The Gymnastics Life
I just started reading the book "Start With Why" by Simon Sinek, and thought it would be beneficial to share my thoughts and how it applies to the business of gymnastics and coaching. I think all of us as business owners and coaches want to know how to inspire employees (and athletes) to take action.
Chapter 1 starts with this:
"On a cold January day, a forty-three-year-old man was sworn in as chief executive of his country. By his side stood his predecessor, a famous general who, fifteen years earlier, had commanded his nation's armed forces in a war that resulted in the defeat of Germany. The young leader was raised in the Roman Catholic faith. He spent the next five hours watching parades in his honor and stayed up celebrating until three o'clock in the morning." p. 11
Like me, you may have assumed he was describing John F. Kennedy. That is until you get the date, January 30, 1933, it was Adolf Hitler.
His point is, we make assumptions based off incomplete or false information. Our behavior is affected by assumptions. He uses the example of a flat earth. During this period there was little exploration. People then realized the earth was round and exploration has no limits. (p.11)
He then asks you to consider organizations; how they're formed? why decisions are made? why some are successful and others are not? And, do we just assume we know why? (p.12)
"No matter your definition of success-- how we go about achieving our success is very similar. Some of us just wing it, but most of us try to at least gather some data so we can make educated decisions." (p. 12)
He then illustrated a friend who invests stocks with his own money. When he does well, he claims it was because of his ability to pick the right stocks, if he didn't do well, it was the markets fault.
"Sometimes when things go right, we think we know why, but do we really?" p.13
"We read books, attend conferences, listen to podcasts and ask friends and colleagues -- all with the purpose of finding out more so we can figure out what to do or how to act. The problem is. we've all been in situations in which we have all the data and get lots of good advice but things still don't go quite right." p. 13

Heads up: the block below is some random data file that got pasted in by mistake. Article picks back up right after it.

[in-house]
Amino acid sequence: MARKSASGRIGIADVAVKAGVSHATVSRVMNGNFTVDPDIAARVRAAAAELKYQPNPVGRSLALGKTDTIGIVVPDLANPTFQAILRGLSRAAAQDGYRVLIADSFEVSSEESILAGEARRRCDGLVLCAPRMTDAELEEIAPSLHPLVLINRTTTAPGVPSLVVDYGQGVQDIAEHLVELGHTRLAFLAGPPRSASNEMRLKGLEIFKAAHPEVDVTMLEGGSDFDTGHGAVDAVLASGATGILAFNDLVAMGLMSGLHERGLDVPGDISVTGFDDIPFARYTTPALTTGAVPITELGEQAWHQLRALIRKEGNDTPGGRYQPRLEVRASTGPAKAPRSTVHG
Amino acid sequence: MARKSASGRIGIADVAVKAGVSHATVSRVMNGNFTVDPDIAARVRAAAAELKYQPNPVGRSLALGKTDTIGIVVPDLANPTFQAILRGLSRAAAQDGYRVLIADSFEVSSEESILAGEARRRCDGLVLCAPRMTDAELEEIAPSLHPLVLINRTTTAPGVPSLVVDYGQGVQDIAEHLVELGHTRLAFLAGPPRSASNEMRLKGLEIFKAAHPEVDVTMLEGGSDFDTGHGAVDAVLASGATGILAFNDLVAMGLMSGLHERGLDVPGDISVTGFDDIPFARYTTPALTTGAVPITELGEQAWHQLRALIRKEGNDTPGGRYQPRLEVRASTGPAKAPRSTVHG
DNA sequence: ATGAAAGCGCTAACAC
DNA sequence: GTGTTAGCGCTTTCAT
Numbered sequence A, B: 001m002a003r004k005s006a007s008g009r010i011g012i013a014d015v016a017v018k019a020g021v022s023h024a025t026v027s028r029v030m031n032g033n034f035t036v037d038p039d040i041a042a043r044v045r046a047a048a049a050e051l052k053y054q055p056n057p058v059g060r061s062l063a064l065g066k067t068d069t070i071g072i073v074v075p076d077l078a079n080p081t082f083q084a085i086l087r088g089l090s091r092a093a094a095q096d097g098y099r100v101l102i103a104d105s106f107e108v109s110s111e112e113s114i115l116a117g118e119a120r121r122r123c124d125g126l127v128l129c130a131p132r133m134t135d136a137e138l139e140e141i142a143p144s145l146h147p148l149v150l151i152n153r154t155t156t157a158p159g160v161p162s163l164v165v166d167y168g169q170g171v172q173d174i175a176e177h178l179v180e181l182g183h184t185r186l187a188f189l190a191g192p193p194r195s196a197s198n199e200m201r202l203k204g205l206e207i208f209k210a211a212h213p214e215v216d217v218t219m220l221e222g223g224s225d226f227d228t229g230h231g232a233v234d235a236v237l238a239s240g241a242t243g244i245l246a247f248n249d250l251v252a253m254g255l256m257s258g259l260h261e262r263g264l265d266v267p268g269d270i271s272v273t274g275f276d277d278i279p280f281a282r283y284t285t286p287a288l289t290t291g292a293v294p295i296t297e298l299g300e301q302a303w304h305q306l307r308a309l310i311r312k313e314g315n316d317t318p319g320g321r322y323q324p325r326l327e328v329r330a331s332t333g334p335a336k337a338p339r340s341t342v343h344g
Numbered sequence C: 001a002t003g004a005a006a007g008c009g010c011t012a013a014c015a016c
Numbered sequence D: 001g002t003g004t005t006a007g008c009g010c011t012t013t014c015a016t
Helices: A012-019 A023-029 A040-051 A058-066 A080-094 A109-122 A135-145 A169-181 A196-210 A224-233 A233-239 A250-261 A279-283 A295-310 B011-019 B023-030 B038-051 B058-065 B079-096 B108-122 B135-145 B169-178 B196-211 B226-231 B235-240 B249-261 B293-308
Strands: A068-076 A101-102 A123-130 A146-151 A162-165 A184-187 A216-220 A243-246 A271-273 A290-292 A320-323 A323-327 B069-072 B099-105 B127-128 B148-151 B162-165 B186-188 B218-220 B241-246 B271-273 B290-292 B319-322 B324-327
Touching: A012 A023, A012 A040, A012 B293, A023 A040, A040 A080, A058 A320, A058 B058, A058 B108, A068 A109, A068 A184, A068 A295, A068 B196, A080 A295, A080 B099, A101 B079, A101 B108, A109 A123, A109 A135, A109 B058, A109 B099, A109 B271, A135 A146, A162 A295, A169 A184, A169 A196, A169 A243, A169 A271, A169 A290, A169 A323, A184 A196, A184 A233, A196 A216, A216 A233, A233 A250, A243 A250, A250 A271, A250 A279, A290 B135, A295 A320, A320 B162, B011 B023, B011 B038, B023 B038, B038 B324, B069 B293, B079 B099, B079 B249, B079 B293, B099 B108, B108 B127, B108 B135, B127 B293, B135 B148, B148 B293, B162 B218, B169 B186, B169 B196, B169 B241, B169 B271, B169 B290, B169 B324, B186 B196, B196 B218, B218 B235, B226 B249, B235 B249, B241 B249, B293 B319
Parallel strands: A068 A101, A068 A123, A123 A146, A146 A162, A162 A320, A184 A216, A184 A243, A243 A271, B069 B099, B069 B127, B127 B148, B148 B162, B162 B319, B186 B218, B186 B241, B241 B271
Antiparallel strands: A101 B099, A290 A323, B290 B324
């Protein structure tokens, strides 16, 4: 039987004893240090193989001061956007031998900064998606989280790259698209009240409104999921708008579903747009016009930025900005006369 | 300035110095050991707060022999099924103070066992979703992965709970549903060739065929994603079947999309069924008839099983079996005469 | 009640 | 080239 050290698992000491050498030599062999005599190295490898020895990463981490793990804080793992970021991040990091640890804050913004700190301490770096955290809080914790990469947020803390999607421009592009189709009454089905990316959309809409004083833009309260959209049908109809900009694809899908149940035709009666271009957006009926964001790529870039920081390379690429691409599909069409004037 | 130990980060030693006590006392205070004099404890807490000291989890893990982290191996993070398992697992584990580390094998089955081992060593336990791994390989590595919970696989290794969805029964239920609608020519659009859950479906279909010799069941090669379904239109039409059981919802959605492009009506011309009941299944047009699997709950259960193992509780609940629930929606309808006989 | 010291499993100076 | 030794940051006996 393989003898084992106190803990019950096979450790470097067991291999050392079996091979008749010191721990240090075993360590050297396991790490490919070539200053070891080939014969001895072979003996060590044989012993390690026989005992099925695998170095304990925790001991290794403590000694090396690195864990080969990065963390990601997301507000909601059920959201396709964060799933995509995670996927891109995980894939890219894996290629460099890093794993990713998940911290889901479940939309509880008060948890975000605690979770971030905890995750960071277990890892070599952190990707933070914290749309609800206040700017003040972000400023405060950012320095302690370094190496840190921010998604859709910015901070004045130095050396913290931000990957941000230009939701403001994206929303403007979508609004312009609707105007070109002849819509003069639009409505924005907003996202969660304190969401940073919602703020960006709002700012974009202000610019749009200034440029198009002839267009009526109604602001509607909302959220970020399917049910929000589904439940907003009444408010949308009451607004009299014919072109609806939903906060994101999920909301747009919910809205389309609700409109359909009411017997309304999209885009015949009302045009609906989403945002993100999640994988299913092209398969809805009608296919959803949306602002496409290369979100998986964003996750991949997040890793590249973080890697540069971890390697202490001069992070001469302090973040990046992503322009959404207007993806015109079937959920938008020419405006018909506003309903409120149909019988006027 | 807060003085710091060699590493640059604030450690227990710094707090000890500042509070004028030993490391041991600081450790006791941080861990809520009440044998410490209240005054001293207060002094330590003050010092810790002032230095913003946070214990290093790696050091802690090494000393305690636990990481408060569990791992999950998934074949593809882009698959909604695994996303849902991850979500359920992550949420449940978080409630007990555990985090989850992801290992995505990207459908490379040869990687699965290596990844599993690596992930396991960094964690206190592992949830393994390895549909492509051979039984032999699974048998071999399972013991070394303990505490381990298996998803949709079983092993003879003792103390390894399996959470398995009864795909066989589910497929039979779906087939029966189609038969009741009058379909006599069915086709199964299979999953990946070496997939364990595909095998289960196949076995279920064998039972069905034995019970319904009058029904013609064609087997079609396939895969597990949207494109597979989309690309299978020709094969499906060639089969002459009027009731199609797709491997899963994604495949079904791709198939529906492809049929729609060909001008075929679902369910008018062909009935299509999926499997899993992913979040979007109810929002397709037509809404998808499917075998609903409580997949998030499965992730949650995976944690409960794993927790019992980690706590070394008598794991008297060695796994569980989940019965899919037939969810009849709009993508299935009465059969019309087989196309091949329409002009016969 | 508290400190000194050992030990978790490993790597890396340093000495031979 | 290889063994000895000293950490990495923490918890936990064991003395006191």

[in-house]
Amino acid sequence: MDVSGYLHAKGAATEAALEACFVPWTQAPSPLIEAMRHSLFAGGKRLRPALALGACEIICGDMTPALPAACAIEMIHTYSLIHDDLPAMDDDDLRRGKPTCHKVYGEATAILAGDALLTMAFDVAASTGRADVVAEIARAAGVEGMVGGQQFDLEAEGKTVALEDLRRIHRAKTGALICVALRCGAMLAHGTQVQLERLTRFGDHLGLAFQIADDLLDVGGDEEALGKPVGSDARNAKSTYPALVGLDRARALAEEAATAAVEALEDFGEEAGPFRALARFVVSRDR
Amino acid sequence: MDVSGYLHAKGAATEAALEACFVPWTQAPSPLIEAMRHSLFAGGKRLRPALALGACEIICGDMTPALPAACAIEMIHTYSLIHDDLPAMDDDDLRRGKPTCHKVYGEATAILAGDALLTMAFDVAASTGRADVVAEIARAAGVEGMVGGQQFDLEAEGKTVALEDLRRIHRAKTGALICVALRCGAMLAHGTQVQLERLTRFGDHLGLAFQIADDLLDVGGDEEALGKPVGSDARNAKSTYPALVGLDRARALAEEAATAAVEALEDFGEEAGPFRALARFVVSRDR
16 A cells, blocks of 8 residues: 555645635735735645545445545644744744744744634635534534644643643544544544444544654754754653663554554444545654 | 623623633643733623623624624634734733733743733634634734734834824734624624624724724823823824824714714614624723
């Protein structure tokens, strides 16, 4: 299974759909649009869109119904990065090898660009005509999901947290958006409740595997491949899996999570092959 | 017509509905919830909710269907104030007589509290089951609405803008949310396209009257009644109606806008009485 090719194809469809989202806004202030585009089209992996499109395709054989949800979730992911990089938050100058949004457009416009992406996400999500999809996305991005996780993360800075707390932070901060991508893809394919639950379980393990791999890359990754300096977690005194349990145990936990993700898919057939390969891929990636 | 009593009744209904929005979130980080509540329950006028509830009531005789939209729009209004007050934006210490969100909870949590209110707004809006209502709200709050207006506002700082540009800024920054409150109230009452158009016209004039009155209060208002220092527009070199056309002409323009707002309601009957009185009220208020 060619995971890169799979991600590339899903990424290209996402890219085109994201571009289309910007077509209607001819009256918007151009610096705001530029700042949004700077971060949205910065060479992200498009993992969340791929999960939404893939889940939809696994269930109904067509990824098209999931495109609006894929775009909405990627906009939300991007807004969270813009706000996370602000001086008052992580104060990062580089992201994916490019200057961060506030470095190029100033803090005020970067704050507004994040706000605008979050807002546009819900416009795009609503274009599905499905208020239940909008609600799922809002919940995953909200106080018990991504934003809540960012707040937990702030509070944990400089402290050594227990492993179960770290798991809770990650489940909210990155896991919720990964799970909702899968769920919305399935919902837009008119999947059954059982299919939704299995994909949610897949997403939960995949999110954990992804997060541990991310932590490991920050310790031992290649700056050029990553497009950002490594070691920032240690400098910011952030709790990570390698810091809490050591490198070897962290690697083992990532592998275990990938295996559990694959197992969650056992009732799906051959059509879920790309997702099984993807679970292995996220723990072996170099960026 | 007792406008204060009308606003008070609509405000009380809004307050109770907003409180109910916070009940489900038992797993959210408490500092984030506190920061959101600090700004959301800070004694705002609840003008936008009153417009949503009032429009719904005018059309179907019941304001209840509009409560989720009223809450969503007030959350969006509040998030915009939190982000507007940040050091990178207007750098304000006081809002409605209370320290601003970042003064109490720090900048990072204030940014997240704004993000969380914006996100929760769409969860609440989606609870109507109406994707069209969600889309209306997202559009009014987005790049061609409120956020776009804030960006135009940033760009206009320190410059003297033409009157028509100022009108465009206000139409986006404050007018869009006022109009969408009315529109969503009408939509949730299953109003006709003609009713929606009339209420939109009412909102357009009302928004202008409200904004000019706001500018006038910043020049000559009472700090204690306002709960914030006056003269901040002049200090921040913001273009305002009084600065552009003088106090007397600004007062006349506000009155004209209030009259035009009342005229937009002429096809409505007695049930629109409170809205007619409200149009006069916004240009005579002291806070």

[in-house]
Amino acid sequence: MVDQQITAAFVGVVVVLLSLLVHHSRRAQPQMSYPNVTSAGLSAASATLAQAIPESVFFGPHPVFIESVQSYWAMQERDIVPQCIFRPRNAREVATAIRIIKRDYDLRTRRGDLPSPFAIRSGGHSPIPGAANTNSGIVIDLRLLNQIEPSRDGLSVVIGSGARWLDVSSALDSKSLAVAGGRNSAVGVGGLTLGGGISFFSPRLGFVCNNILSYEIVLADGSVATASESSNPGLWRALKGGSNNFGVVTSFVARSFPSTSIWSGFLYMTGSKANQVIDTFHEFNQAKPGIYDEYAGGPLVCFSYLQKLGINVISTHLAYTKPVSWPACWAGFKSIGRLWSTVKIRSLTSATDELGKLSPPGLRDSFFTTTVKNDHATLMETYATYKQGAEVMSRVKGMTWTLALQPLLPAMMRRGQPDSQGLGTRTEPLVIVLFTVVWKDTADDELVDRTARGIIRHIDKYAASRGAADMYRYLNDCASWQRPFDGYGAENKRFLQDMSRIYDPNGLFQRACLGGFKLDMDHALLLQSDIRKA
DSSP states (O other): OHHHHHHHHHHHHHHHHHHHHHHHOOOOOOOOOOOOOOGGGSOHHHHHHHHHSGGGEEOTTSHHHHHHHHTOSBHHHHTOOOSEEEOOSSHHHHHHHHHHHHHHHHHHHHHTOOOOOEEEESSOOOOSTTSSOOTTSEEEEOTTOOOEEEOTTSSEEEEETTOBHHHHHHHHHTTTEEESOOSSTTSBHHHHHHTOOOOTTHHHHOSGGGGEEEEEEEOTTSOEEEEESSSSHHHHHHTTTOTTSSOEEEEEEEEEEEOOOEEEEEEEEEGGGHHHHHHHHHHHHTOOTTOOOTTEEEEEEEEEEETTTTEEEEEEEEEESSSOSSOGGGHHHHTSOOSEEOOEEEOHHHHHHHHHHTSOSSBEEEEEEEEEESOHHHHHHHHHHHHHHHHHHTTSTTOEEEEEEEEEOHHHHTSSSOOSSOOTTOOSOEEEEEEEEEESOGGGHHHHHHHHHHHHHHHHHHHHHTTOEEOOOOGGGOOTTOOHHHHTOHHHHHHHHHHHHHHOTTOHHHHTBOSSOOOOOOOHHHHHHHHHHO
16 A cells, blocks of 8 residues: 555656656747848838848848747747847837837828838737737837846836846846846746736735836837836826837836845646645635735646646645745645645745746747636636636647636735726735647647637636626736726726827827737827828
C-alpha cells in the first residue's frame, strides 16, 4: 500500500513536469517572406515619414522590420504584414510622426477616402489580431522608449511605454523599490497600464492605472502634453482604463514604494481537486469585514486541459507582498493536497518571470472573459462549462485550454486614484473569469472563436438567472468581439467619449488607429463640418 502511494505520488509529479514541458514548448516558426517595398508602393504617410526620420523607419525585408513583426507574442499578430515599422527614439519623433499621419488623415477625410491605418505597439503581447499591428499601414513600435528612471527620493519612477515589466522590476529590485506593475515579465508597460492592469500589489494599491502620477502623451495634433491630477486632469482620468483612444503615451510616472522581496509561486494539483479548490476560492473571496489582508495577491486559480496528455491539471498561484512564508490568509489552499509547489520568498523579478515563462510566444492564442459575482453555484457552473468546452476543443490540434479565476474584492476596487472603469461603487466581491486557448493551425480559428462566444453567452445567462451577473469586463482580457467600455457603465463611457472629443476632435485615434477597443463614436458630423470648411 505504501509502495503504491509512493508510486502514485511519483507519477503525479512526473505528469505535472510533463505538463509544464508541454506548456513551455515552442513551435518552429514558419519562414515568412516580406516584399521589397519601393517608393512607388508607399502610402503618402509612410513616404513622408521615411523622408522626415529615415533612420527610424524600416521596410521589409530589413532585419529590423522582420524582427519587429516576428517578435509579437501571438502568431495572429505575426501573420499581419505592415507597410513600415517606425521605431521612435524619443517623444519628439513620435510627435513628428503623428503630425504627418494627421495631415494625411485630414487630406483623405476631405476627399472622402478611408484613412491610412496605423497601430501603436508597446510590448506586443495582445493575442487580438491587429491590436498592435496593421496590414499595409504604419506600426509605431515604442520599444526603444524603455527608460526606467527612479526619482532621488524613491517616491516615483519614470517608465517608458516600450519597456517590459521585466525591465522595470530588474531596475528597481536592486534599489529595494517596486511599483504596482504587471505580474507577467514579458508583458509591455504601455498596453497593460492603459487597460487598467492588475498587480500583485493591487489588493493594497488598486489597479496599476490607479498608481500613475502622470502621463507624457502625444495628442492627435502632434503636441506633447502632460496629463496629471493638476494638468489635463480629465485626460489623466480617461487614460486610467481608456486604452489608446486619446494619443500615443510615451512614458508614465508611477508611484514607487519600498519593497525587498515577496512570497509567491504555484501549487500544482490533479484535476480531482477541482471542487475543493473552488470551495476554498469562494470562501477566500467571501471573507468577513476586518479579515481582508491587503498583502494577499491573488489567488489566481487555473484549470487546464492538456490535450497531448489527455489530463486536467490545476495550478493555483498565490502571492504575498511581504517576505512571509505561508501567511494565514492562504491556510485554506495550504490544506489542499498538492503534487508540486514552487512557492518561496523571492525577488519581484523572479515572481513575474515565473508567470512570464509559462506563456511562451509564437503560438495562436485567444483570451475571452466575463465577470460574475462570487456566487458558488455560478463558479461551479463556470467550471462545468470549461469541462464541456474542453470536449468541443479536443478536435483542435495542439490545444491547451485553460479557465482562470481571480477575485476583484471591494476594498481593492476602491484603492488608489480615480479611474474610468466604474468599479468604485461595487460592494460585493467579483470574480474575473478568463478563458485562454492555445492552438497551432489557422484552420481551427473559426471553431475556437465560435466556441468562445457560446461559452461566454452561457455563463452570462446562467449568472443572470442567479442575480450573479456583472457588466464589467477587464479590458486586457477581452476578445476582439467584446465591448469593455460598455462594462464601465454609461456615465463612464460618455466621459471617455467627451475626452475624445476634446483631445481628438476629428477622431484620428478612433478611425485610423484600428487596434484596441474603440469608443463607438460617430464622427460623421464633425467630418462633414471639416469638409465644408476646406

He continues that our decisions are based off data, and sometimes we ignore that data and make decisions off our gut feelings. He says, "the dance between gut and rational decision-making pretty much coves how we conduct business and even live our lives."
He ends the chapter with a story about two car manufacturers. One in America and one in Japan. The American company had a line worker at the very end that had a rubber mallet to tap the doors to make sure they fit perfectly, the Japanese did not. The confused American company asked how they made sure the doors fit perfectly the Japanese company responded, "We make sure it fits when we design it."
The Japanese company engineered the outcome from the beginning. They didn't need to employ someone to tap the doors nor to buy rubber mallets. What the Americans did with the rubber mallet is a metaphor for how many people organize and lead, we basically hammer around and place short term solutions that don't solve the situation.
As gym owners, managers, and head coaches we always make assumptions. Towards customers, staff, and athletes. Do you just assume that other gym businesses and teams are successful because of a,b,c and things are not going well with you because of x,y,z? Or a certain athlete can't get a skill because of this or that? If something goes wrong do you blame it on a certain staff member before assessing? Or maybe overlooking employees for particular rolls when you should have delegated?
Ask yourself, are you just chucking it or have you engineered the end from the beginning i.e. do you have systems in place for every roll and every task in the gym? Is it detailed enough that each staff member can flourish? Are you communicating with your team staff so you all have the same goal and are on the same page (yearly outline)? Are you talking with your athletes and their parents? Are expectations known and set? Are daily lessons made for your classes all the way to your highest team level?
I think if you looked under the hood you will see that most successful gyms and teams are doing this whether they know it or not.